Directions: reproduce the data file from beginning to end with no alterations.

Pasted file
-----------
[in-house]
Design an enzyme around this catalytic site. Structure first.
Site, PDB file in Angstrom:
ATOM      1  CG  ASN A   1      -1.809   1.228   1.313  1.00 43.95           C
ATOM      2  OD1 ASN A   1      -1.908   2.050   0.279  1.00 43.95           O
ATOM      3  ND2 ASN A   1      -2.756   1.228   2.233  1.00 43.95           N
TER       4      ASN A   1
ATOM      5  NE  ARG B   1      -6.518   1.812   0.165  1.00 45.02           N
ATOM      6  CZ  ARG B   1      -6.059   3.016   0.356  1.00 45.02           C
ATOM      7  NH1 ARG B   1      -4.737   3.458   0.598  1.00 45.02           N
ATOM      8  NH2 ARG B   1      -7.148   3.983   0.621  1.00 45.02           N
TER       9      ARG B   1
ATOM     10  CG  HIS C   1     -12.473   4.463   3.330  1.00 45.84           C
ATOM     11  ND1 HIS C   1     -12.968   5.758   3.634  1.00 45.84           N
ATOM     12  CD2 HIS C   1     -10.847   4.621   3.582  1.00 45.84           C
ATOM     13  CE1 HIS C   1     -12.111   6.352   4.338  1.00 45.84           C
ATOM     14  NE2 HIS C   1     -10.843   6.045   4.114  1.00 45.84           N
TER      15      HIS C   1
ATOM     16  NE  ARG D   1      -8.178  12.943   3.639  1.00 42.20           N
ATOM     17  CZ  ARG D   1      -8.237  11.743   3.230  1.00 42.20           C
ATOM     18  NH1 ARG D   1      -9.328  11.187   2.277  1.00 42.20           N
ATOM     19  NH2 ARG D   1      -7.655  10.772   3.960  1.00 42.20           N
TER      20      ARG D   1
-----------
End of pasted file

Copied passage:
[in-house]
Design an enzyme around this catalytic site. Structure first.
Site, PDB file in Angstrom:
ATOM      1  CG  ASN A   1      -1.809   1.228   1.313  1.00 43.95           C
ATOM      2  OD1 ASN A   1      -1.908   2.050   0.279  1.00 43.95           O
ATOM      3  ND2 ASN A   1      -2.756   1.228   2.233  1.00 43.95           N
TER       4      ASN A   1
ATOM      5  NE  ARG B   1      -6.518   1.812   0.165  1.00 45.02           N
ATOM      6  CZ  ARG B   1      -6.059   3.016   0.356  1.00 45.02           C
ATOM      7  NH1 ARG B   1      -4.737   3.458   0.598  1.00 45.02           N
ATOM      8  NH2 ARG B   1      -7.148   3.983   0.621  1.00 45.02           N
TER       9      ARG B   1
ATOM     10  CG  HIS C   1     -12.473   4.463   3.330  1.00 45.84           C
ATOM     11  ND1 HIS C   1     -12.968   5.758   3.634  1.00 45.84           N
ATOM     12  CD2 HIS C   1     -10.847   4.621   3.582  1.00 45.84           C
ATOM     13  CE1 HIS C   1     -12.111   6.352   4.338  1.00 45.84           C
ATOM     14  NE2 HIS C   1     -10.843   6.045   4.114  1.00 45.84           N
TER      15      HIS C   1
ATOM     16  NE  ARG D   1      -8.178  12.943   3.639  1.00 42.20           N
ATOM     17  CZ  ARG D   1      -8.237  11.743   3.230  1.00 42.20           C
ATOM     18  NH1 ARG D   1      -9.328  11.187   2.277  1.00 42.20           N
ATOM     19  NH2 ARG D   1      -7.655  10.772   3.960  1.00 42.20           N
TER      20      ARG D   1